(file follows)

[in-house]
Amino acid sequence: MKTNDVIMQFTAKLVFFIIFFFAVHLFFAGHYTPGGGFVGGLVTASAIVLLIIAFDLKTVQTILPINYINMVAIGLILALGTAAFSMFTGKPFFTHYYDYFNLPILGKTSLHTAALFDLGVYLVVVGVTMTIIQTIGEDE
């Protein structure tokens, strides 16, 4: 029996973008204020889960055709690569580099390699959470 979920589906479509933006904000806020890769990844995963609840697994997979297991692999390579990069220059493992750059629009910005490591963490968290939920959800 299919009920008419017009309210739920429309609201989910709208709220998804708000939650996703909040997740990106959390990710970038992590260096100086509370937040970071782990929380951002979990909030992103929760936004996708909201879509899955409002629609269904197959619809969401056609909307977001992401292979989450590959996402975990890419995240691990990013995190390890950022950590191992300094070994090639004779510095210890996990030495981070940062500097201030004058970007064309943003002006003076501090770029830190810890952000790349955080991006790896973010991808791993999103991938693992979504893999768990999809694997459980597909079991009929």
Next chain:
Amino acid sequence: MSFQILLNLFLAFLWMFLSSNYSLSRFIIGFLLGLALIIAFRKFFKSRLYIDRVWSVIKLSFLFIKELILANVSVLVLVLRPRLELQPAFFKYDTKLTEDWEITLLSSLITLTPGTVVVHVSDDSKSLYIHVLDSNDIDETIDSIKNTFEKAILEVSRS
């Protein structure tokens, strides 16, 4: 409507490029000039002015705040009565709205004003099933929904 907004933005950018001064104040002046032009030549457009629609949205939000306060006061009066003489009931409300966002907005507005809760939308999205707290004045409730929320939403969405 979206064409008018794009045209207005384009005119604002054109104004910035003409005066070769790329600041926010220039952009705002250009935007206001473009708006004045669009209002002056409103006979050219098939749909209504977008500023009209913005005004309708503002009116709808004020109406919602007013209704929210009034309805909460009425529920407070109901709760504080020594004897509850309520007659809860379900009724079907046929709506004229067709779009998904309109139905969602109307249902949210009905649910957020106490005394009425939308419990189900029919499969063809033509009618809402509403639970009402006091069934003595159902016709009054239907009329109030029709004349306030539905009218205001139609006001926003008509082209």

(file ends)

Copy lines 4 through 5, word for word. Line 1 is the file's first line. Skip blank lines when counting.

Next chain:
Amino acid sequence: MSFQILLNLFLAFLWMFLSSNYSLSRFIIGFLLGLALIIAFRKFFKSRLYIDRVWSVIKLSFLFIKELILANVSVLVLVLRPRLELQPAFFKYDTKLTEDWEITLLSSLITLTPGTVVVHVSDDSKSLYIHVLDSNDIDETIDSIKNTFEKAILEVSRS